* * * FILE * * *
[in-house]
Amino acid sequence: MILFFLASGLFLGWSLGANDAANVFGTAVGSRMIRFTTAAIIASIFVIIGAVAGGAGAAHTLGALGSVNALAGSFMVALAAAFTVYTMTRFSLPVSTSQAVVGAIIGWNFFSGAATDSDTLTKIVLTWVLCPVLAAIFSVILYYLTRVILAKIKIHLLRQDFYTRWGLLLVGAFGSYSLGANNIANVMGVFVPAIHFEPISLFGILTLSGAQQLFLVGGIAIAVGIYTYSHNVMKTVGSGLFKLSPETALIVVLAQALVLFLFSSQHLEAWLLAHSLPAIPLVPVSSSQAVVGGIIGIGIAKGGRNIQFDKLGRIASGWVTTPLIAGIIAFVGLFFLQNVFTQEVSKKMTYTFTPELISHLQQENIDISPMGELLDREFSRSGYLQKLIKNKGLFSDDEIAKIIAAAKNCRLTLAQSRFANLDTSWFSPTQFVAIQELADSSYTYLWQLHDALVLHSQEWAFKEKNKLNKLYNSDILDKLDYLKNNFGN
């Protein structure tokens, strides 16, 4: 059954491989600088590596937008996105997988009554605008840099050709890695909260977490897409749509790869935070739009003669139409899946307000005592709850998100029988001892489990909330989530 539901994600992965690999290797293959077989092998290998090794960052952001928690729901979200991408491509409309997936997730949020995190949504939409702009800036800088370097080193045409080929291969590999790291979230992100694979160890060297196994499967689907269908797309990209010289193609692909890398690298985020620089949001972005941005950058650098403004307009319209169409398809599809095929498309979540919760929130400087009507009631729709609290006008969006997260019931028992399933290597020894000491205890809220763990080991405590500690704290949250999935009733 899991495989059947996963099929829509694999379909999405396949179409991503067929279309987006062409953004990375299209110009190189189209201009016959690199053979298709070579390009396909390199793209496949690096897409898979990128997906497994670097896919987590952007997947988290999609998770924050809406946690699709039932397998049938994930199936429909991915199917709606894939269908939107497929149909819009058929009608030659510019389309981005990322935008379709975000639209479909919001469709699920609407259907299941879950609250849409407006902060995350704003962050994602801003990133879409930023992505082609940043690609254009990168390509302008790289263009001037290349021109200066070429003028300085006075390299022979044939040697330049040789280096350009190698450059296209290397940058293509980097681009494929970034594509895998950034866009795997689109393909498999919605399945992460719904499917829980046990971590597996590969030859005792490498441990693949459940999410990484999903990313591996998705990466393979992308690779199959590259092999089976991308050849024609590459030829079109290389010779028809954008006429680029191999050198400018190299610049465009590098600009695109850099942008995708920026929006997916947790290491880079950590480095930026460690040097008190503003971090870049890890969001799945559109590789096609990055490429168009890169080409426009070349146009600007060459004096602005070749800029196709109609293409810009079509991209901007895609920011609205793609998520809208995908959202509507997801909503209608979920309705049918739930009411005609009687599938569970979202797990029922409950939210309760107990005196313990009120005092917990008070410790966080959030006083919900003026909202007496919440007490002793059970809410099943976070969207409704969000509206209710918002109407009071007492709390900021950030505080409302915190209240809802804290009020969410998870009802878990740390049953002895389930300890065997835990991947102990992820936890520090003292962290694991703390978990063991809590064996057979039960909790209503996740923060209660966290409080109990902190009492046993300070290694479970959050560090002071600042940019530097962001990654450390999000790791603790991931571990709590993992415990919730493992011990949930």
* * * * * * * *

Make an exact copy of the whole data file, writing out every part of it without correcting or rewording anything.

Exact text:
[in-house]
Amino acid sequence: MILFFLASGLFLGWSLGANDAANVFGTAVGSRMIRFTTAAIIASIFVIIGAVAGGAGAAHTLGALGSVNALAGSFMVALAAAFTVYTMTRFSLPVSTSQAVVGAIIGWNFFSGAATDSDTLTKIVLTWVLCPVLAAIFSVILYYLTRVILAKIKIHLLRQDFYTRWGLLLVGAFGSYSLGANNIANVMGVFVPAIHFEPISLFGILTLSGAQQLFLVGGIAIAVGIYTYSHNVMKTVGSGLFKLSPETALIVVLAQALVLFLFSSQHLEAWLLAHSLPAIPLVPVSSSQAVVGGIIGIGIAKGGRNIQFDKLGRIASGWVTTPLIAGIIAFVGLFFLQNVFTQEVSKKMTYTFTPELISHLQQENIDISPMGELLDREFSRSGYLQKLIKNKGLFSDDEIAKIIAAAKNCRLTLAQSRFANLDTSWFSPTQFVAIQELADSSYTYLWQLHDALVLHSQEWAFKEKNKLNKLYNSDILDKLDYLKNNFGN
């Protein structure tokens, strides 16, 4: 059954491989600088590596937008996105997988009554605008840099050709890695909260977490897409749509790869935070739009003669139409899946307000005592709850998100029988001892489990909330989530 539901994600992965690999290797293959077989092998290998090794960052952001928690729901979200991408491509409309997936997730949020995190949504939409702009800036800088370097080193045409080929291969590999790291979230992100694979160890060297196994499967689907269908797309990209010289193609692909890398690298985020620089949001972005941005950058650098403004307009319209169409398809599809095929498309979540919760929130400087009507009631729709609290006008969006997260019931028992399933290597020894000491205890809220763990080991405590500690704290949250999935009733 899991495989059947996963099929829509694999379909999405396949179409991503067929279309987006062409953004990375299209110009190189189209201009016959690199053979298709070579390009396909390199793209496949690096897409898979990128997906497994670097896919987590952007997947988290999609998770924050809406946690699709039932397998049938994930199936429909991915199917709606894939269908939107497929149909819009058929009608030659510019389309981005990322935008379709975000639209479909919001469709699920609407259907299941879950609250849409407006902060995350704003962050994602801003990133879409930023992505082609940043690609254009990168390509302008790289263009001037290349021109200066070429003028300085006075390299022979044939040697330049040789280096350009190698450059296209290397940058293509980097681009494929970034594509895998950034866009795997689109393909498999919605399945992460719904499917829980046990971590597996590969030859005792490498441990693949459940999410990484999903990313591996998705990466393979992308690779199959590259092999089976991308050849024609590459030829079109290389010779028809954008006429680029191999050198400018190299610049465009590098600009695109850099942008995708920026929006997916947790290491880079950590480095930026460690040097008190503003971090870049890890969001799945559109590789096609990055490429168009890169080409426009070349146009600007060459004096602005070749800029196709109609293409810009079509991209901007895609920011609205793609998520809208995908959202509507997801909503209608979920309705049918739930009411005609009687599938569970979202797990029922409950939210309760107990005196313990009120005092917990008070410790966080959030006083919900003026909202007496919440007490002793059970809410099943976070969207409704969000509206209710918002109407009071007492709390900021950030505080409302915190209240809802804290009020969410998870009802878990740390049953002895389930300890065997835990991947102990992820936890520090003292962290694991703390978990063991809590064996057979039960909790209503996740923060209660966290409080109990902190009492046993300070290694479970959050560090002071600042940019530097962001990654450390999000790791603790991931571990709590993992415990919730493992011990949930």